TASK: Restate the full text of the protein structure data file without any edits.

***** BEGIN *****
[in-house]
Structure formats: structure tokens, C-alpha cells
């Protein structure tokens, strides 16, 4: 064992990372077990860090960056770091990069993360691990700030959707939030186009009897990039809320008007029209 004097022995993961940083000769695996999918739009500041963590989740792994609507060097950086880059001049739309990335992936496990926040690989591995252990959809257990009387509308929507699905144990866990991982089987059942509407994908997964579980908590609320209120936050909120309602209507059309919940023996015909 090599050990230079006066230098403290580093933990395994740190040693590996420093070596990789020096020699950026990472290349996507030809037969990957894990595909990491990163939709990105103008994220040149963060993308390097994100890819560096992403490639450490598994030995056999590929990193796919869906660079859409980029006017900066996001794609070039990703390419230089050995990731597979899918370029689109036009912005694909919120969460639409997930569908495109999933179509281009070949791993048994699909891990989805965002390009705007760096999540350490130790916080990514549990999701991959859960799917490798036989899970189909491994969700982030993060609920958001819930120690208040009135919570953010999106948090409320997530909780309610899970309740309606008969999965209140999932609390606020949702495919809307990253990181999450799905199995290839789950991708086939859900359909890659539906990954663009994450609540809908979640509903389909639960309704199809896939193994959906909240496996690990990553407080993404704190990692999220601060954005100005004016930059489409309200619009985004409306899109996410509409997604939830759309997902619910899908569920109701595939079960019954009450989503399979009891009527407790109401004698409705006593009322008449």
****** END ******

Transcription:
[in-house]
Structure formats: structure tokens, C-alpha cells
């Protein structure tokens, strides 16, 4: 064992990372077990860090960056770091990069993360691990700030959707939030186009009897990039809320008007029209 004097022995993961940083000769695996999918739009500041963590989740792994609507060097950086880059001049739309990335992936496990926040690989591995252990959809257990009387509308929507699905144990866990991982089987059942509407994908997964579980908590609320209120936050909120309602209507059309919940023996015909 090599050990230079006066230098403290580093933990395994740190040693590996420093070596990789020096020699950026990472290349996507030809037969990957894990595909990491990163939709990105103008994220040149963060993308390097994100890819560096992403490639450490598994030995056999590929990193796919869906660079859409980029006017900066996001794609070039990703390419230089050995990731597979899918370029689109036009912005694909919120969460639409997930569908495109999933179509281009070949791993048994699909891990989805965002390009705007760096999540350490130790916080990514549990999701991959859960799917490798036989899970189909491994969700982030993060609920958001819930120690208040009135919570953010999106948090409320997530909780309610899970309740309606008969999965209140999932609390606020949702495919809307990253990181999450799905199995290839789950991708086939859900359909890659539906990954663009994450609540809908979640509903389909639960309704199809896939193994959906909240496996690990990553407080993404704190990692999220601060954005100005004016930059489409309200619009985004409306899109996410509409997604939830759309997902619910899908569920109701595939079960019954009450989503399979009891009527407790109401004698409705006593009322008449």